Comprehensive approach to tobacco control in Russian Federation shows results


A comprehensive approach to tobacco control has helped the Government of the Russian Federation drastically lower the number of smokers in just 7 years.

According to a WHO report, the Russian Federation approach to tobacco control has lowered the sales of tobacco by almost 30% and the number of smokers by 21% from 2009 to 2016. The report, Tobacco control: a comprehensive approach at country level in the Russian Federation, describes the initiatives and policy changes which have made this possible.

At the beginning of the 21st century, the Russian Federation was among the countries with highest prevalence of smoking in the world. Almost 40% of the adult population used tobacco in one form or another. The country was even seeing an increase in the number of young adults and females smoking on a regular basis.

Faced with this situation, the government decided to join the WHO effort to combat the tobacco epidemic by ratifying the WHO Framework Convention on Tobacco Control (FCTC) in 2008 and implementing a wide range of tobacco control interventions.

A wide approach

In 2013, Russia passed law 15 FZ, one of the most comprehensive anti-tobacco laws in the world, and in 2014 the most significant drop in tobacco sales was registered.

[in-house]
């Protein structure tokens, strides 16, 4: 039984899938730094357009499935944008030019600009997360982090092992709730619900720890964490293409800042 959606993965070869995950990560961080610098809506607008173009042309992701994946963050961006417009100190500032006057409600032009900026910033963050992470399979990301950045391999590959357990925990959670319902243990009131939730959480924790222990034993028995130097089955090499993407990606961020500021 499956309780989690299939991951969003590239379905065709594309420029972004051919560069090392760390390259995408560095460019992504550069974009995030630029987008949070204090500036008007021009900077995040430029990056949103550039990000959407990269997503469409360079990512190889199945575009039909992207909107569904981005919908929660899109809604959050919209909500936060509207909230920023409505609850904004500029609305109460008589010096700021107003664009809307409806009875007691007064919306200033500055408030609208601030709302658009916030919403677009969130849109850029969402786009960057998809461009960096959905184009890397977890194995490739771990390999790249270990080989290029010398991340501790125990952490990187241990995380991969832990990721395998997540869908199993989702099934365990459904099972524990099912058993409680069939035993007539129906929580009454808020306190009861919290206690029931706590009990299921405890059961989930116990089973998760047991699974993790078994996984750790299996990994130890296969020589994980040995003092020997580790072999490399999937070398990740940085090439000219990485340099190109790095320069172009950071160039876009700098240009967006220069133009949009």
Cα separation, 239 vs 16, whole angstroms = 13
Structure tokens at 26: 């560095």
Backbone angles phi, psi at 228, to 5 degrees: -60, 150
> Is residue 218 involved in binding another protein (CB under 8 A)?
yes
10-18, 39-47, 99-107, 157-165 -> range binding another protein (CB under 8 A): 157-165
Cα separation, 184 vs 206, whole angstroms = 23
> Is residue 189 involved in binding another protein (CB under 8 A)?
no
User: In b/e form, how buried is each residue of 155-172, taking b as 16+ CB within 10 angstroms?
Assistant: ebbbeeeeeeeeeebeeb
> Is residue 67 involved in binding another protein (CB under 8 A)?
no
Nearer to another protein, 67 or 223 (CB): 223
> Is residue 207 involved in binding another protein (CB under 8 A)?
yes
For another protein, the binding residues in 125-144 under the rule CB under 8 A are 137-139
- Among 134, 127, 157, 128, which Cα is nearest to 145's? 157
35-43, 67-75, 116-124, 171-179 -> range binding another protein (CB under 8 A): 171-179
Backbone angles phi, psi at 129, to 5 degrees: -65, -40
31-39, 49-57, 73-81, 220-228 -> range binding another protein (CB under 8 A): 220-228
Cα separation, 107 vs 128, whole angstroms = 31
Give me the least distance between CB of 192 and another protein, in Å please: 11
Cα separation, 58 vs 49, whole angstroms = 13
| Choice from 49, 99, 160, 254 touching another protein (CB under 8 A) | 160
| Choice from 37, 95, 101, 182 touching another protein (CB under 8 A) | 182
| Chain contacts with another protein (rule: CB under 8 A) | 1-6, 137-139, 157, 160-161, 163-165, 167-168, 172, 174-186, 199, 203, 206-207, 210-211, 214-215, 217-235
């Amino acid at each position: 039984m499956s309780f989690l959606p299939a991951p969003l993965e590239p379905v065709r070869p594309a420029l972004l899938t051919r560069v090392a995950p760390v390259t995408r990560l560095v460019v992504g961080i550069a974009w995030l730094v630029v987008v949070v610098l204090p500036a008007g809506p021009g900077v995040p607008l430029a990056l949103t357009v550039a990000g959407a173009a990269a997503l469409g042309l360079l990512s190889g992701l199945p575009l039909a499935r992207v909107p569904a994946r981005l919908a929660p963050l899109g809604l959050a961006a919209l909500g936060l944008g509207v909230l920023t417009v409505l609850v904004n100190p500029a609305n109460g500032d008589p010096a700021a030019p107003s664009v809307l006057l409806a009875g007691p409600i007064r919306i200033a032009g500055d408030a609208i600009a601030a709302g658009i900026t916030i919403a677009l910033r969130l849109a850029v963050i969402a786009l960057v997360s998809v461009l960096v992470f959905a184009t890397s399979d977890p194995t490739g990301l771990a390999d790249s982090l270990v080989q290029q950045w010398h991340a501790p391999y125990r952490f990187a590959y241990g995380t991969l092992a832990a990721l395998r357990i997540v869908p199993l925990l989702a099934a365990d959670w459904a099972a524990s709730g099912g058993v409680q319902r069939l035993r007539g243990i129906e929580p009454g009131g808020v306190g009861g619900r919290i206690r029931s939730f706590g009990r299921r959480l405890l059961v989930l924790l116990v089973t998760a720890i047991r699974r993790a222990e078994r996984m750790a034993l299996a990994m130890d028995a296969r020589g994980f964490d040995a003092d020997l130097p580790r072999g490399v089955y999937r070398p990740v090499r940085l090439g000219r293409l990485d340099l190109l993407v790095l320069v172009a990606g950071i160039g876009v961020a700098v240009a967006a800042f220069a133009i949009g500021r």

The law includes:

  • a complete ban on tobacco-smoking in public places, including areas adjacent to medical, education, sports and cultural institutions;
  • a ban on the sale of oral forms of smokeless tobacco;
  • a total ban on advertising, promotion and sponsorship of tobacco products;
  • annual increases in the prices of tobacco products.

Law 15 FZ follows the spirit of the WHO FCTC, a treaty that is legally binding and ratified by 181 countries all over the world.

Taxes could save 11 million lives

Increases in tobacco taxes are known to reduce tobacco consumption faster than any other single measure. WHO estimates that if all countries increased the tax charged on cigarette packs by 50%, there would be 49 million fewer smokers, and at least 11 million deaths could be averted worldwide.

WHO therefore recommends that increased taxation should be a key component of any approach to reducing the use of tobacco. Not only will the increase in taxes greatly reduce tobacco sales and tobacco consumption in the country (alongside other tobacco control measures), it will also boost tax revenue.

Tobacco reduction part of a sustainable future

Russia is not alone in basing its efforts to reduce tobacco consumption and the illnesses it creates on the WHO FCTC.

In 2015, the United Nations set down the 17 Sustainable Development Goals (SDGs) for 2030. SDG 3.4 aims to reduce by one third premature deaths from noncommunicable diseases, such as the ones caused by smoking. Target 3a specifically commits countries to strengthen the implementation of the WHO FCTC to help battle noncommunicable diseases.

The inclusion of tobacco control and implementation of the WHO FCTC as a key SDG target recognizes the magnitude of the smoking epidemic. It also indicates that all countries should prioritize tobacco control and commit to implementing strong tobacco control measures.